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Identification of Loading Deficits Outside a Research Laboratory

Knee loading deficits such as decreased limb loading, knee extensor moments and power following ACLr are observed across tasks and throughout recovery.  The fact that they are often present in the absence of observable deficits in joint excursions, particularly in early rehabilitation, makes them difficult to detect clinically. Difficulty detecting loading deficits may underlie their long-term persistence. While recent advances in technology may provide less expensive mechanisms for detecting loading deficits it is imperative that we understand how the information provided through technology relates to the deficits we aim to detect. 


Related Publications:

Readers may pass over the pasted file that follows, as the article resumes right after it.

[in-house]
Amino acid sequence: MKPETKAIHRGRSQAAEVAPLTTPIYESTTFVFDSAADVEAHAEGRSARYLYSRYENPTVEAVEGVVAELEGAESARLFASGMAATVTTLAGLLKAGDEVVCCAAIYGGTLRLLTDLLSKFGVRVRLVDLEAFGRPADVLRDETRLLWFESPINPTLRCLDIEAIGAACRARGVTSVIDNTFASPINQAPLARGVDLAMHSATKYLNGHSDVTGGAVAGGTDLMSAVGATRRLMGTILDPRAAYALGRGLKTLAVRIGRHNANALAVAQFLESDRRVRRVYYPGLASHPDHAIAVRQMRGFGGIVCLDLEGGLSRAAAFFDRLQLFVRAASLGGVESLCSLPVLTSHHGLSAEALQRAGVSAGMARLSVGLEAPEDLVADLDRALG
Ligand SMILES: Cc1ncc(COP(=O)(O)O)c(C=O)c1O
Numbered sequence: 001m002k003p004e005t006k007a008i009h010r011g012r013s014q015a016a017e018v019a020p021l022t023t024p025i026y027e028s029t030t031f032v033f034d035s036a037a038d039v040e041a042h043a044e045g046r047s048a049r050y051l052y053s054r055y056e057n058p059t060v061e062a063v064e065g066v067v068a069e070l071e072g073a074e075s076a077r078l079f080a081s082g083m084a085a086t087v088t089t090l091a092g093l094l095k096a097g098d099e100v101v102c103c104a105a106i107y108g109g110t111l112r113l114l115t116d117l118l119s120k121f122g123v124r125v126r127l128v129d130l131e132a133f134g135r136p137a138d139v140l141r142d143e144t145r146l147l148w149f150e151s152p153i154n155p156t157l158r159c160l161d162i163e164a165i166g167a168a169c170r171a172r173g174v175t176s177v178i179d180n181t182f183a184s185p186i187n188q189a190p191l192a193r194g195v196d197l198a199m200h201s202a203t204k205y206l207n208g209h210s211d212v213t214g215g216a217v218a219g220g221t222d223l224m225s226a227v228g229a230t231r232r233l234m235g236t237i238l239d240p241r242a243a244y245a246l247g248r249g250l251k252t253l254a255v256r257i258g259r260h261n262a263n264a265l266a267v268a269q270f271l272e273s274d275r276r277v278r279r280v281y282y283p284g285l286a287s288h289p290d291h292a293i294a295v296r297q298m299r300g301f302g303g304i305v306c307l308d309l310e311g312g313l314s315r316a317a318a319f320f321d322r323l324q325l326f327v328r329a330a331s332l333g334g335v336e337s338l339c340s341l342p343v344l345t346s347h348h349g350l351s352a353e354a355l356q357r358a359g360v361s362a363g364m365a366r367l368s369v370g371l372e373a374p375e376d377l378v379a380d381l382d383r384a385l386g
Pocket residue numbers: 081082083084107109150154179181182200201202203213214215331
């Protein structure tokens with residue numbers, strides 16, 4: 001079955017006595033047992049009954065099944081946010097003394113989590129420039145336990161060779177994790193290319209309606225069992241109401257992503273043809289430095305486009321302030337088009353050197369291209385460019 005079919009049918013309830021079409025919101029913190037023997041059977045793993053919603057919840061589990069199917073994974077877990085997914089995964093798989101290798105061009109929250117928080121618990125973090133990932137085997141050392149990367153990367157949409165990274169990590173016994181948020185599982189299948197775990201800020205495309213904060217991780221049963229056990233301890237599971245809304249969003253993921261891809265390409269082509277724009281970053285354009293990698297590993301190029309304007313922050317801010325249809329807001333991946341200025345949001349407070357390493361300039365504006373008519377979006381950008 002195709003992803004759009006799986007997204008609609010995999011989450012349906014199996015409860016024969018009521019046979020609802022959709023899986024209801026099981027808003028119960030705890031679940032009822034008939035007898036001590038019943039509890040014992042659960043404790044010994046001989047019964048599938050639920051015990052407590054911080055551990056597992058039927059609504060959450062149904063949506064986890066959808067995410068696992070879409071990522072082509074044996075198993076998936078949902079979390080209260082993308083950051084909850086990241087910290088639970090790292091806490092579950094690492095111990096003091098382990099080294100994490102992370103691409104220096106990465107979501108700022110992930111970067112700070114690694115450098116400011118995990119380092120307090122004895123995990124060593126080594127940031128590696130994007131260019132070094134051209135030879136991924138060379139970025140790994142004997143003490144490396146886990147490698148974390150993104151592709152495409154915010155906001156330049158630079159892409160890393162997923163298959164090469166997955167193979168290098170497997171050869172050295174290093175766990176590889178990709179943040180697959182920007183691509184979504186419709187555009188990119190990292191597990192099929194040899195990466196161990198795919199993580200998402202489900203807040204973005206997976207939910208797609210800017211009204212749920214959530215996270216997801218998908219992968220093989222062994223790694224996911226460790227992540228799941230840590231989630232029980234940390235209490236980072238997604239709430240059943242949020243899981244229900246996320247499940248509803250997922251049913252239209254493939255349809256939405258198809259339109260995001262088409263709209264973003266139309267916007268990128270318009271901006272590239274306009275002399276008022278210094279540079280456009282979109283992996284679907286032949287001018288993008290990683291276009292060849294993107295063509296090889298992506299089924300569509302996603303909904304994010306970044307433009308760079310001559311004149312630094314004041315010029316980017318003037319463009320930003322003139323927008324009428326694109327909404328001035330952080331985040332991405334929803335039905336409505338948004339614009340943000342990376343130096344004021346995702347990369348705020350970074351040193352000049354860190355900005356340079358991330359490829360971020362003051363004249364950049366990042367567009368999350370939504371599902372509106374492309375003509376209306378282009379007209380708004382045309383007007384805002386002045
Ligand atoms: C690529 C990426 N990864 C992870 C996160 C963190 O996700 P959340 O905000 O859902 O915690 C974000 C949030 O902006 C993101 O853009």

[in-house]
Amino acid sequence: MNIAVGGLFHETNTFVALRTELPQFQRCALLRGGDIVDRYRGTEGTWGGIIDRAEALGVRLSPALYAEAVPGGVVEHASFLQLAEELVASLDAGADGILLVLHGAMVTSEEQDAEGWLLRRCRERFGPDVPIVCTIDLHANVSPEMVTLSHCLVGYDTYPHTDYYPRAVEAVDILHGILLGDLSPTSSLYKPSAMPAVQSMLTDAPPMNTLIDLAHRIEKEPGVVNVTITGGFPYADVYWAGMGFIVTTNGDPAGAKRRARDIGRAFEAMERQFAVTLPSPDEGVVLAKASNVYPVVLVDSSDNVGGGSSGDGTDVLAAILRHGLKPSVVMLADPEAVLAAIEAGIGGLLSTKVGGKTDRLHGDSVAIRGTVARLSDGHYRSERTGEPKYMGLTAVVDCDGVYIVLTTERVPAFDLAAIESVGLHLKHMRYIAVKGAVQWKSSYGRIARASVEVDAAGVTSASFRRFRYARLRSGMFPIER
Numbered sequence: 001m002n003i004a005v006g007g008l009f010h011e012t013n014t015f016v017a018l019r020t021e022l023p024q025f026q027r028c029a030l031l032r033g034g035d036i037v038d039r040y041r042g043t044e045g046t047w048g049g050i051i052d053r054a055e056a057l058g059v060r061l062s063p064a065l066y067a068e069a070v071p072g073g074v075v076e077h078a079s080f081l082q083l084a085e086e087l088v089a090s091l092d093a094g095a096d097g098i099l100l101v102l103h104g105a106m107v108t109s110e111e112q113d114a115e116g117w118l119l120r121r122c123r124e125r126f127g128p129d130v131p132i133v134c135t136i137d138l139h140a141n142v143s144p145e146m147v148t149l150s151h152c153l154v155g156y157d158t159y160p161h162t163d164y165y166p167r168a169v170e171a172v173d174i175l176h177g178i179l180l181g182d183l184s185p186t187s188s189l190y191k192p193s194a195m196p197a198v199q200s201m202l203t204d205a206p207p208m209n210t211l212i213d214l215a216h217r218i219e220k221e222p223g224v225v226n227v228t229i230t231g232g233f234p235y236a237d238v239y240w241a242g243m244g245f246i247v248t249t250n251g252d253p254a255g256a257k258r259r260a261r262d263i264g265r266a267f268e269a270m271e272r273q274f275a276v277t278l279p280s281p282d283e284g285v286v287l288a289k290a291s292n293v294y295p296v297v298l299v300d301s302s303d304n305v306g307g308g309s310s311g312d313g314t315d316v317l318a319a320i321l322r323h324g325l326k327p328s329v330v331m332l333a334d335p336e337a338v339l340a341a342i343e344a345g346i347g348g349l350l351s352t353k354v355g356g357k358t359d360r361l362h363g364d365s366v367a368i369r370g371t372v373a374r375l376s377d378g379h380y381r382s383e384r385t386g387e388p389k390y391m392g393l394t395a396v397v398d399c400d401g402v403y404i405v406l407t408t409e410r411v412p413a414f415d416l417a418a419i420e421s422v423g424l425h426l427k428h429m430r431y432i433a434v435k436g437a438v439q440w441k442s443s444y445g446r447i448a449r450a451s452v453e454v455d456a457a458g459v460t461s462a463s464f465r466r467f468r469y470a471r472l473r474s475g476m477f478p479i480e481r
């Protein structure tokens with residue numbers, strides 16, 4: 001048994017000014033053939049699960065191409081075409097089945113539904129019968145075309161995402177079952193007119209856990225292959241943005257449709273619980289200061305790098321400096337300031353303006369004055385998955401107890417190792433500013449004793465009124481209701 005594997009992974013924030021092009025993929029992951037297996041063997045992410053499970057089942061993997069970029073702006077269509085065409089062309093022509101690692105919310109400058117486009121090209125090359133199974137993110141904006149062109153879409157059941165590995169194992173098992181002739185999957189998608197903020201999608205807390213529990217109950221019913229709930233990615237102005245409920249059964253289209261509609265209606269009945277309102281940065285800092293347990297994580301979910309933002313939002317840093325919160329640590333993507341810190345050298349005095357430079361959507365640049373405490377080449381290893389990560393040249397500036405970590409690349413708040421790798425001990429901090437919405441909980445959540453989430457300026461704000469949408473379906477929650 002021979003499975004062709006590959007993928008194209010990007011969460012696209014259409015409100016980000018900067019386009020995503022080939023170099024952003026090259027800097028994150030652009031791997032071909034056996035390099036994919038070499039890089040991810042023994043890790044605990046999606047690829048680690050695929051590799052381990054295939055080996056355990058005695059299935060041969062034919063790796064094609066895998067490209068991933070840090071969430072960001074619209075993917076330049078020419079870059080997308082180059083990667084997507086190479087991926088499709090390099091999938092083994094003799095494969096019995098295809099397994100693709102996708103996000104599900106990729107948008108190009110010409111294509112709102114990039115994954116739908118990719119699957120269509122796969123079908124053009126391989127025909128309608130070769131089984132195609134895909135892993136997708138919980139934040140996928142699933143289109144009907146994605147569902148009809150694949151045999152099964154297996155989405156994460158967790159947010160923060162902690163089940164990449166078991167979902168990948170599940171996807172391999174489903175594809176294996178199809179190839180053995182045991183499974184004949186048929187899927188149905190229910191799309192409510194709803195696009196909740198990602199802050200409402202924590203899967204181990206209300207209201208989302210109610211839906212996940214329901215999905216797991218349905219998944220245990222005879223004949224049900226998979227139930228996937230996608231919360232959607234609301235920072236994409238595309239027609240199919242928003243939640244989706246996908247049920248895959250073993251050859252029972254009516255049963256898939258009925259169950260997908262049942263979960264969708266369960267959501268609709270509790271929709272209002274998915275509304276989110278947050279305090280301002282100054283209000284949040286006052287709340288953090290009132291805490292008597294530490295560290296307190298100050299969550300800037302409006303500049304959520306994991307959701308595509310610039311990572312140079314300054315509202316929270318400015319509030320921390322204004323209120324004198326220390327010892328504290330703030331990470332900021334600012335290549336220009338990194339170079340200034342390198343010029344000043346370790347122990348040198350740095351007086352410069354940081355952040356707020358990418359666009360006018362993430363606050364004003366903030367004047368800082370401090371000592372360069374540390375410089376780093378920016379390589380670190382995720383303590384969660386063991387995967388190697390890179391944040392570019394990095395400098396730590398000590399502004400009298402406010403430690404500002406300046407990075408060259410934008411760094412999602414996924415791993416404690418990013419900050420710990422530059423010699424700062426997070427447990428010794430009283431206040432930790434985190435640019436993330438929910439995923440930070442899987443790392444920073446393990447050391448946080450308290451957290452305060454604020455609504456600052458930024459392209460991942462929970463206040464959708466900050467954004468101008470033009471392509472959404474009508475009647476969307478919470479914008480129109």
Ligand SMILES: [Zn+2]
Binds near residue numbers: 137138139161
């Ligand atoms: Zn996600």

Pratt KA, Sigward SM. Inertial Sensor Angular Velocities Reflect Dynamic Knee Loading during Single Limb Loading in Individuals following Anterior Cruciate Ligament Reconstruction. Sensors, 18 (10), 3460, 2018.

Havens K, Ebner S, Prat KM, Sigward SM. Accelerations from Wearable Accelerometers Reflect Knee Loading During Running after Anterior Cruciate Ligament Reconstruction, Clinical Biomechanics, 58:57-61, 2018

Pratt KA, Sigward SM. Detection of Knee Power Deficits Following ACL Reconstruction Using Wearable Sensors, Journal of Orthopedic and Sports Physical Therapy, 48(11), 895-902, 2018

Sigward SM,  Neamat Allah NH. Segment angular velocities predict lower extremity joint power during a triple hop task: Implications for clinical tests. In progress

Sigward SM, Chan M-S and Lin PE. Characterizing Knee Loading Asymmetry in Individuals Following Anterior Cruciate Ligament Reconstruction Using Inertial Sensors. Gait & Posture, 49: 114-119, 2016

Sigward SM, Havens KH, Powers CM. The relation between knee separation distance and lower extremity kinematics during a drop land: Implications for clinical screening. Journal of Athletic Training, 46(5): 471-75, 2011

Funding: Boston Rehabilitation Outcomes Measurement Pilot Project, 3/2014-2/2015 ($30,000)